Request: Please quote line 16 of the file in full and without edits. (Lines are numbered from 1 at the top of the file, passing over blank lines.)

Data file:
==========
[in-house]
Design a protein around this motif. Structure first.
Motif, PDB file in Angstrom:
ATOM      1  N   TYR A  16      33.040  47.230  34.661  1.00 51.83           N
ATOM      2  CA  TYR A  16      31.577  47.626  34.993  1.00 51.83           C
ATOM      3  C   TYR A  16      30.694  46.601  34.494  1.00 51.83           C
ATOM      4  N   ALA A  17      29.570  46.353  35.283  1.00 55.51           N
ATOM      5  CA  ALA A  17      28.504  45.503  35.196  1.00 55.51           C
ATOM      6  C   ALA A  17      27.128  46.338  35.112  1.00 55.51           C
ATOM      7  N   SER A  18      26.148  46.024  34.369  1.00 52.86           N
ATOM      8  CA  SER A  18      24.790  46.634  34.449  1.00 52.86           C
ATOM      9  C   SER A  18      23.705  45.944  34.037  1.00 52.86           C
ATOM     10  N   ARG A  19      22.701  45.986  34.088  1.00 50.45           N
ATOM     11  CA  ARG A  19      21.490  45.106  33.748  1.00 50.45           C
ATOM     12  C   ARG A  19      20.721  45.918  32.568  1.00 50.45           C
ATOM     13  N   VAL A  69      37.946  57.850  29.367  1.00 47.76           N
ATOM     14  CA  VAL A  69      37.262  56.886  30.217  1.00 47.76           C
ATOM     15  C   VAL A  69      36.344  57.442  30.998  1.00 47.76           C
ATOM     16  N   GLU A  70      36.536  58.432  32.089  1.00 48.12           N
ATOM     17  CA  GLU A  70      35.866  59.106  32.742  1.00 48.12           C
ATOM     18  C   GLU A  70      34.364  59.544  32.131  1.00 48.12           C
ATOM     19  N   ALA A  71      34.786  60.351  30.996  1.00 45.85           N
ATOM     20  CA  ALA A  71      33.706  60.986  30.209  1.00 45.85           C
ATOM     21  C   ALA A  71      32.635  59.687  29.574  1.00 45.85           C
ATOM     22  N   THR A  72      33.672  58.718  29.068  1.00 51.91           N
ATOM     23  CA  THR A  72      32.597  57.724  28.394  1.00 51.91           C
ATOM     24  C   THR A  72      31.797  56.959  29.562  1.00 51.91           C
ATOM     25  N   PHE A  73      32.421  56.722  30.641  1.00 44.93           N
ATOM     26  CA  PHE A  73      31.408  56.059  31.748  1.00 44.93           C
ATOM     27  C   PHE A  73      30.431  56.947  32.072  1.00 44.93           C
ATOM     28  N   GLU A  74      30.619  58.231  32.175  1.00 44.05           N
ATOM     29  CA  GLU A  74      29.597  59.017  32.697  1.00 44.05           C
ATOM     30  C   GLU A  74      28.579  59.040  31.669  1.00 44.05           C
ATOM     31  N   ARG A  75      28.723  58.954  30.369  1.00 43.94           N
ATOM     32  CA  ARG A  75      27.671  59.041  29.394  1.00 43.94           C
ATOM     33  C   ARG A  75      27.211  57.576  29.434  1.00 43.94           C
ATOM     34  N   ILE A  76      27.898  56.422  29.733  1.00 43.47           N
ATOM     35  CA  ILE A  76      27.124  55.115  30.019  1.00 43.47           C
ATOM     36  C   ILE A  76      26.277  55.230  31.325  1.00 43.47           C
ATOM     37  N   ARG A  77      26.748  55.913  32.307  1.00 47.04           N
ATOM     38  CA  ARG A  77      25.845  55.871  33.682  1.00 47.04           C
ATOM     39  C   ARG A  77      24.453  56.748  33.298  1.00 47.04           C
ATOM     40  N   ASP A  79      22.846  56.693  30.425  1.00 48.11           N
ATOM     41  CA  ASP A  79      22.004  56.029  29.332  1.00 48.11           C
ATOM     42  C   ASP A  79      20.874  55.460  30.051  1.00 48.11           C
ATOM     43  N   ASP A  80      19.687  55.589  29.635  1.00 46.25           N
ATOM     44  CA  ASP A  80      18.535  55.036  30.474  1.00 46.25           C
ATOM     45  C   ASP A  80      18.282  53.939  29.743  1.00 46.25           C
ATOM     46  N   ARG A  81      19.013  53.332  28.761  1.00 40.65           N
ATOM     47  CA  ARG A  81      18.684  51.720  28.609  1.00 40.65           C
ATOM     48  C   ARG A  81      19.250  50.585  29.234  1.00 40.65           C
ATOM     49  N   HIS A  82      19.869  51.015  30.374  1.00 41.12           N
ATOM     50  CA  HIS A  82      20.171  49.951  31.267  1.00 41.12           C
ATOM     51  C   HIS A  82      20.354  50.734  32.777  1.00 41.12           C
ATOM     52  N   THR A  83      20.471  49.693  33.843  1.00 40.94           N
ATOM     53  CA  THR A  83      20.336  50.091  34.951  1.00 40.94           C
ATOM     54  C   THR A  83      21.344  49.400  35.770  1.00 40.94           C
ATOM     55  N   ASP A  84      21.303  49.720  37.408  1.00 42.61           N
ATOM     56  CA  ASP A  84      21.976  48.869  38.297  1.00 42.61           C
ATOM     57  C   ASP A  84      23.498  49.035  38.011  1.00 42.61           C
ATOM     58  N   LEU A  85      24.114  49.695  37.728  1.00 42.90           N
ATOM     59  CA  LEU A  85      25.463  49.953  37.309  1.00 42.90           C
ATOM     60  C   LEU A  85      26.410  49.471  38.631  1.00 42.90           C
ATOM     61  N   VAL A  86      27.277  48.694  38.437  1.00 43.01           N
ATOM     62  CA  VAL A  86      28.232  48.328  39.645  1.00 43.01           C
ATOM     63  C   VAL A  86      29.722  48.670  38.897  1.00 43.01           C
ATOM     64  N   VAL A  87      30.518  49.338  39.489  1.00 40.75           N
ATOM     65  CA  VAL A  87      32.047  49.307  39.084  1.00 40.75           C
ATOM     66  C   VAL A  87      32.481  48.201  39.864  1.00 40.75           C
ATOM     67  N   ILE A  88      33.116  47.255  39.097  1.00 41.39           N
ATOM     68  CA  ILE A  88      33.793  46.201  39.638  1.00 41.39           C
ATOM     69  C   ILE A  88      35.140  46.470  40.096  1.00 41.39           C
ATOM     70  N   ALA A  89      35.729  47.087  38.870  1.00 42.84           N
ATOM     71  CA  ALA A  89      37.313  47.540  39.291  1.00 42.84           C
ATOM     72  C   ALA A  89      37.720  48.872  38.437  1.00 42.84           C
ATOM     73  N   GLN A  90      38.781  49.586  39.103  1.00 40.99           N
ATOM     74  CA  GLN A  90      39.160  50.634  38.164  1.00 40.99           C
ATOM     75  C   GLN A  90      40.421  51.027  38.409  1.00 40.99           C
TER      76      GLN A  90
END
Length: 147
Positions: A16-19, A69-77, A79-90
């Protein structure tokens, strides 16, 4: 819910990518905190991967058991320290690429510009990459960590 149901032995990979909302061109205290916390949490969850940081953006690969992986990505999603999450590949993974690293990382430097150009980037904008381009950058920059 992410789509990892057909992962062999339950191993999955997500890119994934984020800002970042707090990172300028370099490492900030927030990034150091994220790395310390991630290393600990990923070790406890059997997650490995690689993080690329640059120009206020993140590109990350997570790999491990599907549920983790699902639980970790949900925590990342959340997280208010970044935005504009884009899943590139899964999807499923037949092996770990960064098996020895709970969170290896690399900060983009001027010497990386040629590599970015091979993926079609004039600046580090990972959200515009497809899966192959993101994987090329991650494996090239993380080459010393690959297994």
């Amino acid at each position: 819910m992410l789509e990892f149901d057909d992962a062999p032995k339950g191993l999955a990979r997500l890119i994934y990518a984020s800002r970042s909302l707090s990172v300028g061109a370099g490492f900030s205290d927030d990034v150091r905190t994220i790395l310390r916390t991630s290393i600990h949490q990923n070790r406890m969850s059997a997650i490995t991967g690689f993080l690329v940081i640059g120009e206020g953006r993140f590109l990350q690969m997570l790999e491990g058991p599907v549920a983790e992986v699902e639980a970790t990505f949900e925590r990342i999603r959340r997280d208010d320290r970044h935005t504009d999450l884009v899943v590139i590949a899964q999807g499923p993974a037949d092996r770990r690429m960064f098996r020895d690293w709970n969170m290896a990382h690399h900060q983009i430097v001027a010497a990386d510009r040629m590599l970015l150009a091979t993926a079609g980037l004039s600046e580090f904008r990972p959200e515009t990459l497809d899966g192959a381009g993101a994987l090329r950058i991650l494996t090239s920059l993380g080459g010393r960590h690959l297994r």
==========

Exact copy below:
ATOM     13  N   VAL A  69      37.946  57.850  29.367  1.00 47.76           N